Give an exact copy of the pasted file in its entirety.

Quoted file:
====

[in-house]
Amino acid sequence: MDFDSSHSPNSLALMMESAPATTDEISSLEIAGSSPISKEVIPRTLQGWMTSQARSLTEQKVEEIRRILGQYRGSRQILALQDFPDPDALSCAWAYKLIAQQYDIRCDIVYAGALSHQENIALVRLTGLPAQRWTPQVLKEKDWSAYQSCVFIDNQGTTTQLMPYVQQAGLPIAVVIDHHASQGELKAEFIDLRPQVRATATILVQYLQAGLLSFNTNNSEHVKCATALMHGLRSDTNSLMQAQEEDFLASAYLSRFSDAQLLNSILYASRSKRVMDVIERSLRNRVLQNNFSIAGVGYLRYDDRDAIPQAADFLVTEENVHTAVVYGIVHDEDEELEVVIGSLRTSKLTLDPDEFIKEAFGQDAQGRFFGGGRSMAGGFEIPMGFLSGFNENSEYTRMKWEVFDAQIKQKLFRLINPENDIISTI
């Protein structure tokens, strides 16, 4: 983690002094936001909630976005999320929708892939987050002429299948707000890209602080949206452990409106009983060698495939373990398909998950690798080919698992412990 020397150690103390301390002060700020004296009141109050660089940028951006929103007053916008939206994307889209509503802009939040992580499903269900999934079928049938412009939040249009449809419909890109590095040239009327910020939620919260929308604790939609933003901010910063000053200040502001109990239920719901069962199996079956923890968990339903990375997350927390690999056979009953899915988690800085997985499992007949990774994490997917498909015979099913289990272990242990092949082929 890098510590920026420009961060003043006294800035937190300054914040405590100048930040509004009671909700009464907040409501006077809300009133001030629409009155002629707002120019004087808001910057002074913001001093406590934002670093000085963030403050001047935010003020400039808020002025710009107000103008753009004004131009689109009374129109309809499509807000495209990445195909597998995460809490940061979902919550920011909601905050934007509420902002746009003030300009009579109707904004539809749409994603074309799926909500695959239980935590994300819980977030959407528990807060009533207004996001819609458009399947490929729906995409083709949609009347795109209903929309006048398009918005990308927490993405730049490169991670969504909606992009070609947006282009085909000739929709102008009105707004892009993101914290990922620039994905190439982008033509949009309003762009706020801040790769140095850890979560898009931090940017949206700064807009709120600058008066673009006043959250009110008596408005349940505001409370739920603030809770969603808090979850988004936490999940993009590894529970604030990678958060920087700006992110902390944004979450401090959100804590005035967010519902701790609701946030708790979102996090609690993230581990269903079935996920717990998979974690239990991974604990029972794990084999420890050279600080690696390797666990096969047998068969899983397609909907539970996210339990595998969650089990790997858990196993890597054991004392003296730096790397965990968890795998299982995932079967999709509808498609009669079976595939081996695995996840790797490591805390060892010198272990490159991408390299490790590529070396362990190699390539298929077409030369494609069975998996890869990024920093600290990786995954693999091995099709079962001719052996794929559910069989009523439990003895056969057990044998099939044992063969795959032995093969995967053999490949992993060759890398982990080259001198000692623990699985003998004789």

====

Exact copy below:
[in-house]
Amino acid sequence: MDFDSSHSPNSLALMMESAPATTDEISSLEIAGSSPISKEVIPRTLQGWMTSQARSLTEQKVEEIRRILGQYRGSRQILALQDFPDPDALSCAWAYKLIAQQYDIRCDIVYAGALSHQENIALVRLTGLPAQRWTPQVLKEKDWSAYQSCVFIDNQGTTTQLMPYVQQAGLPIAVVIDHHASQGELKAEFIDLRPQVRATATILVQYLQAGLLSFNTNNSEHVKCATALMHGLRSDTNSLMQAQEEDFLASAYLSRFSDAQLLNSILYASRSKRVMDVIERSLRNRVLQNNFSIAGVGYLRYDDRDAIPQAADFLVTEENVHTAVVYGIVHDEDEELEVVIGSLRTSKLTLDPDEFIKEAFGQDAQGRFFGGGRSMAGGFEIPMGFLSGFNENSEYTRMKWEVFDAQIKQKLFRLINPENDIISTI
């Protein structure tokens, strides 16, 4: 983690002094936001909630976005999320929708892939987050002429299948707000890209602080949206452990409106009983060698495939373990398909998950690798080919698992412990 020397150690103390301390002060700020004296009141109050660089940028951006929103007053916008939206994307889209509503802009939040992580499903269900999934079928049938412009939040249009449809419909890109590095040239009327910020939620919260929308604790939609933003901010910063000053200040502001109990239920719901069962199996079956923890968990339903990375997350927390690999056979009953899915988690800085997985499992007949990774994490997917498909015979099913289990272990242990092949082929 890098510590920026420009961060003043006294800035937190300054914040405590100048930040509004009671909700009464907040409501006077809300009133001030629409009155002629707002120019004087808001910057002074913001001093406590934002670093000085963030403050001047935010003020400039808020002025710009107000103008753009004004131009689109009374129109309809499509807000495209990445195909597998995460809490940061979902919550920011909601905050934007509420902002746009003030300009009579109707904004539809749409994603074309799926909500695959239980935590994300819980977030959407528990807060009533207004996001819609458009399947490929729906995409083709949609009347795109209903929309006048398009918005990308927490993405730049490169991670969504909606992009070609947006282009085909000739929709102008009105707004892009993101914290990922620039994905190439982008033509949009309003762009706020801040790769140095850890979560898009931090940017949206700064807009709120600058008066673009006043959250009110008596408005349940505001409370739920603030809770969603808090979850988004936490999940993009590894529970604030990678958060920087700006992110902390944004979450401090959100804590005035967010519902701790609701946030708790979102996090609690993230581990269903079935996920717990998979974690239990991974604990029972794990084999420890050279600080690696390797666990096969047998068969899983397609909907539970996210339990595998969650089990790997858990196993890597054991004392003296730096790397965990968890795998299982995932079967999709509808498609009669079976595939081996695995996840790797490591805390060892010198272990490159991408390299490790590529070396362990190699390539298929077409030369494609069975998996890869990024920093600290990786995954693999091995099709079962001719052996794929559910069989009523439990003895056969057990044998099939044992063969795959032995093969995967053999490949992993060759890398982990080259001198000692623990699985003998004789």